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Revocable Trust or Irrevocable Trust?

Many people think trusts are only for rich people, but that is certainly not the case. A trust is a protection vehicle for homes and other assets. Two of the most common trusts we create for clients, are the Revocable and Irrevocable Trust. 

I can appreciate some people may get confused between choosing a Revocable Trust and an Irrevocable Trust, and often a confused mind takes no action.

How does a Trust work?

Think of a trust like a company. A person owns the company, and the company owns assets like furniture and computers. A trust is similar, but the only place a trust exists physically, is the paper used to document it. I write the trust agreement which my client signs.  We add assets to that agreement by changing ownership of the assets, from the client individually to the trust.

There are three people involved in a trust. The Grantor is the person who creates the trust and puts their stuff into the trust, thereby changing ownership of their house or assets by putting them into the trust. The Trustee is the person in control of seeing that the trust is administered, and the Beneficiary has access to the assets in the trust. 

Revocable Trust

The main reason people consider a revocable trust is to avoid the probate process. This trust is like an alternative to a will. When you die your assets are distributed by a will, and it goes through the probate process. A judge manages and administers this probate process to get your stuff to your beneficiaries. It takes around 14 months, and is often costly with the legal fees involved. It is also a matter of public record, so everyone knows who gets what asset.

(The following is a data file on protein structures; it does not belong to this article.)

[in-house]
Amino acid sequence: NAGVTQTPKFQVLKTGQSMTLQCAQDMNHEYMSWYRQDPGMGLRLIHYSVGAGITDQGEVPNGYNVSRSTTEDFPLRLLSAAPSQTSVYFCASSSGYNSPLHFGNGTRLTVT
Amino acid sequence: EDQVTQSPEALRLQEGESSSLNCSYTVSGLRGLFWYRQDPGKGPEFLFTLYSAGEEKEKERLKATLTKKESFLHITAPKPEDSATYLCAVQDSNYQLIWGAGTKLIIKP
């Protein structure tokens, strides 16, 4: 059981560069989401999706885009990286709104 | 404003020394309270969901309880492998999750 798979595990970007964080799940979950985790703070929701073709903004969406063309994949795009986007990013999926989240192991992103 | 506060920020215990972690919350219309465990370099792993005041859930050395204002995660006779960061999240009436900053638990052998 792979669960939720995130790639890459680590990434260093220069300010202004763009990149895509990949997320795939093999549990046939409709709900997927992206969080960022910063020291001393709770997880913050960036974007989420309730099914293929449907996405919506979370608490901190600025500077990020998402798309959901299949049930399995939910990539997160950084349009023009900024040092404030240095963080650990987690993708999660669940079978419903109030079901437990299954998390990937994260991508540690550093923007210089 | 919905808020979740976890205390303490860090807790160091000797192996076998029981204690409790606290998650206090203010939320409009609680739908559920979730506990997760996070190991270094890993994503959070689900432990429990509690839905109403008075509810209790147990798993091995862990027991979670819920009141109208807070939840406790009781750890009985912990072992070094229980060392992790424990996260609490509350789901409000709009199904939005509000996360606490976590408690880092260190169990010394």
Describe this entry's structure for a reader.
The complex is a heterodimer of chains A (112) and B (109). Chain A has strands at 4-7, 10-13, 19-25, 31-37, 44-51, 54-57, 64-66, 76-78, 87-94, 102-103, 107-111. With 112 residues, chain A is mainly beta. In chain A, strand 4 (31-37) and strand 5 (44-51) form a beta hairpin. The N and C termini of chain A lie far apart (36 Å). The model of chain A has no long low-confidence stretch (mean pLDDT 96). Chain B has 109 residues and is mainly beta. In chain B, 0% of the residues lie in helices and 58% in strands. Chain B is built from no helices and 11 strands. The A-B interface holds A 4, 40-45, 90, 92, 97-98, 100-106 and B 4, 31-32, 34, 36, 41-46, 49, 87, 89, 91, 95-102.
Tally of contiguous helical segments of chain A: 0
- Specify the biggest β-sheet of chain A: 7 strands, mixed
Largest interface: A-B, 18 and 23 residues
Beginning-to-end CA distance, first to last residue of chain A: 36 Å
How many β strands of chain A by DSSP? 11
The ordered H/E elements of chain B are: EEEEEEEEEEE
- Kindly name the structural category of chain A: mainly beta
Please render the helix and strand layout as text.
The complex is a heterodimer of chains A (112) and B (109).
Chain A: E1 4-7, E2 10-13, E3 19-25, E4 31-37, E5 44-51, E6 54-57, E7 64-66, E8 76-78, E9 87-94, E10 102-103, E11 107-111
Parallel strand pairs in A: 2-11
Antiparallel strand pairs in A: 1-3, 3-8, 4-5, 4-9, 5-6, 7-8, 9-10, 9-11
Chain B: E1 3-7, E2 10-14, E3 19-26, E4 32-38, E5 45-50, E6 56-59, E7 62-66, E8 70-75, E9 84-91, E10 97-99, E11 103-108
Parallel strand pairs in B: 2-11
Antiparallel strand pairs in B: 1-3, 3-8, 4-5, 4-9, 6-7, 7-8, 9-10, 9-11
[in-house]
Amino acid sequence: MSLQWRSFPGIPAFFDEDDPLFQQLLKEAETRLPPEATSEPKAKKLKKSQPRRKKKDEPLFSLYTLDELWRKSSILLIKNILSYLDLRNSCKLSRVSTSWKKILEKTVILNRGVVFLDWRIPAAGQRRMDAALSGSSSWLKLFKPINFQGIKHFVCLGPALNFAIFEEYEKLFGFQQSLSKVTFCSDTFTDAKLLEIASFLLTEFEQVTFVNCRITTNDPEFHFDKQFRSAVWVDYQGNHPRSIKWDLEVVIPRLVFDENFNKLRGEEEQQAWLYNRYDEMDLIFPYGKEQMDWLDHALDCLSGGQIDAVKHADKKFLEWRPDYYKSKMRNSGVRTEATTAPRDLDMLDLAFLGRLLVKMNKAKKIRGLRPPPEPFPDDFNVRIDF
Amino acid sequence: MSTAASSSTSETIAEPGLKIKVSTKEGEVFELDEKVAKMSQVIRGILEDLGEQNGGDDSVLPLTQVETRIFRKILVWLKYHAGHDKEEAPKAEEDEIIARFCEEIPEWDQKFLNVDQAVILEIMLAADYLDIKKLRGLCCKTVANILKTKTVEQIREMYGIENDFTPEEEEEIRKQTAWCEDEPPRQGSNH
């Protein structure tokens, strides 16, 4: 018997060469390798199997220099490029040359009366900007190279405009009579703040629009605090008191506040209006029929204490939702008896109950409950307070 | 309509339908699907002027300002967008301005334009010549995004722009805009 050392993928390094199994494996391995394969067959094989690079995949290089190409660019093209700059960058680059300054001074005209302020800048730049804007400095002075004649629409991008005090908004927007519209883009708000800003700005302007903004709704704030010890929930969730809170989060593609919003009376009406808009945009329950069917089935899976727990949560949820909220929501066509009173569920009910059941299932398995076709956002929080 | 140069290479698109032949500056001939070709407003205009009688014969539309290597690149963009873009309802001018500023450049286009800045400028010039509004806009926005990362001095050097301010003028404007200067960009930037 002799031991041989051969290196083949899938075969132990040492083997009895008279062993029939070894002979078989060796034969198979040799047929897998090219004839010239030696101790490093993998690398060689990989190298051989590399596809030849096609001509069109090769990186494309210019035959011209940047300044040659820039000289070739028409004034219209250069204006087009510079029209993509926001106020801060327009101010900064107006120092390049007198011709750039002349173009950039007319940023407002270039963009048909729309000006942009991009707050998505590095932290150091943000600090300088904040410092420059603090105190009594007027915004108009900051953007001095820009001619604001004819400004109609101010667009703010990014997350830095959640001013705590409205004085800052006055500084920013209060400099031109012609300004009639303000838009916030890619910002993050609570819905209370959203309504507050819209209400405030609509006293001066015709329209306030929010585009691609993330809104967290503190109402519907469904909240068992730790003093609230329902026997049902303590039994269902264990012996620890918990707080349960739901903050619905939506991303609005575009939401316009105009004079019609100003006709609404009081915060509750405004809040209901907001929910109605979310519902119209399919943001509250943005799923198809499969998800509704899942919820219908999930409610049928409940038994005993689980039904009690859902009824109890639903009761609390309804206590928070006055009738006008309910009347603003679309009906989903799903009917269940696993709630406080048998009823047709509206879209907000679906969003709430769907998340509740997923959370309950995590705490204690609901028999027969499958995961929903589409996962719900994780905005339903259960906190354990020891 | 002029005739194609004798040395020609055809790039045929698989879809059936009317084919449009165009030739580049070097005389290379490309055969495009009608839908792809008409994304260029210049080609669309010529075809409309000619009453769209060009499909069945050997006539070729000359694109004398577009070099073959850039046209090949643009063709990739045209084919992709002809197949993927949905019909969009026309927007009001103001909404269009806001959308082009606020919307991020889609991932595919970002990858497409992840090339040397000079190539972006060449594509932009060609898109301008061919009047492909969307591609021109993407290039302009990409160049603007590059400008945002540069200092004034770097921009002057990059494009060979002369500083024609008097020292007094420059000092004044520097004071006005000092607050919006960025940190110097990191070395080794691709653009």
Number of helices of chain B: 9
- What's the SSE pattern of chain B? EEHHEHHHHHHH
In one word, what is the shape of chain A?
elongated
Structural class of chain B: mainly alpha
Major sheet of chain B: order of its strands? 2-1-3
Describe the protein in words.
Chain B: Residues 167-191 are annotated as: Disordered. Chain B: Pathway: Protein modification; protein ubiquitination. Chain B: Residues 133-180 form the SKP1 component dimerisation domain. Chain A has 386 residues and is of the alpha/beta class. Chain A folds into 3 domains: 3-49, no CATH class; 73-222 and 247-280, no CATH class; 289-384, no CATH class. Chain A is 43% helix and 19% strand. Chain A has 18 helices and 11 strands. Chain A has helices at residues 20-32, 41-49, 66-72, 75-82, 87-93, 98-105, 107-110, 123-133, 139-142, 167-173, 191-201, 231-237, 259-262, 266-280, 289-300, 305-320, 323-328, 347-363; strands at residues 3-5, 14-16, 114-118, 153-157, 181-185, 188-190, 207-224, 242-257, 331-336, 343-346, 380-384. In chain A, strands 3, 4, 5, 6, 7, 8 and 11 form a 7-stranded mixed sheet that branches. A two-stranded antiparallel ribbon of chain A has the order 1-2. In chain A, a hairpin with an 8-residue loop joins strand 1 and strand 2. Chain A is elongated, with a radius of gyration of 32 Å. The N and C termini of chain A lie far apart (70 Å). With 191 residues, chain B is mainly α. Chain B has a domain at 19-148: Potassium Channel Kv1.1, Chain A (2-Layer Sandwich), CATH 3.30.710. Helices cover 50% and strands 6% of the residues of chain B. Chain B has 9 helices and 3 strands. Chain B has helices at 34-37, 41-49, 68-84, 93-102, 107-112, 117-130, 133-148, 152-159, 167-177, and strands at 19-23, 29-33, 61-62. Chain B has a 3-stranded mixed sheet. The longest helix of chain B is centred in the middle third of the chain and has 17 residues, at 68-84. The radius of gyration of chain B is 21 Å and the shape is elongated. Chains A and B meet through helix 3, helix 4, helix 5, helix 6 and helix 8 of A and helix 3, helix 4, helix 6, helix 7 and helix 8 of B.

A trust is administered around the lawyer’s conference table, rather than in the courthouse. It saves time and expense, which is why I prefer using trusts. They are also handy tools regarding second marriages and blended families. Moreover, they will ensure that the assets are distributed to those who are meant to receive them. They are also private, because only the trustee of the trust is aware of who gets what.

Irevocable Trust

An Irrevocable trust is a document where you sign the agreement and you put your stuff into a trust, but you cannot revoke the document. The word ‘irrevocable’ scares people, because they think it is permanent, but there are aspects that aren’t permanent. When you put your assets into an irrevocable trust, you are giving up access and the ability to personally own the assets. Giving up access, means that you can protect your assets from long term care expenses, because creditors have no access to the money or assets in your irrevocable trust. This ensures that your family gets your assets, rather than losing the assets to long term care expenses. We refer to this type of irrevocable trust as an asset protection trust. When you put the assets in the trust, you leave it to the beneficiaries. More often that not, the beneficiaries are your kids, and they can access the money for you should it be necessary.

Come to Our Workshop

Maybe you are nearing retirement age and you want to learn more, to find out if trusts are right for you… if so, I suggest you check out the great resources available on our website. Visit https://sechlerlawfirm.com/workshops/ and register for one of our upcoming workshops. We help you understand how wills and trusts work, and we share lots of valuable information with you. If you come to a workshop, we also offer you a free consultation. This is when we do some goal-setting, and we help you create an Estate Plan that is right for you. We look forward to meeting you!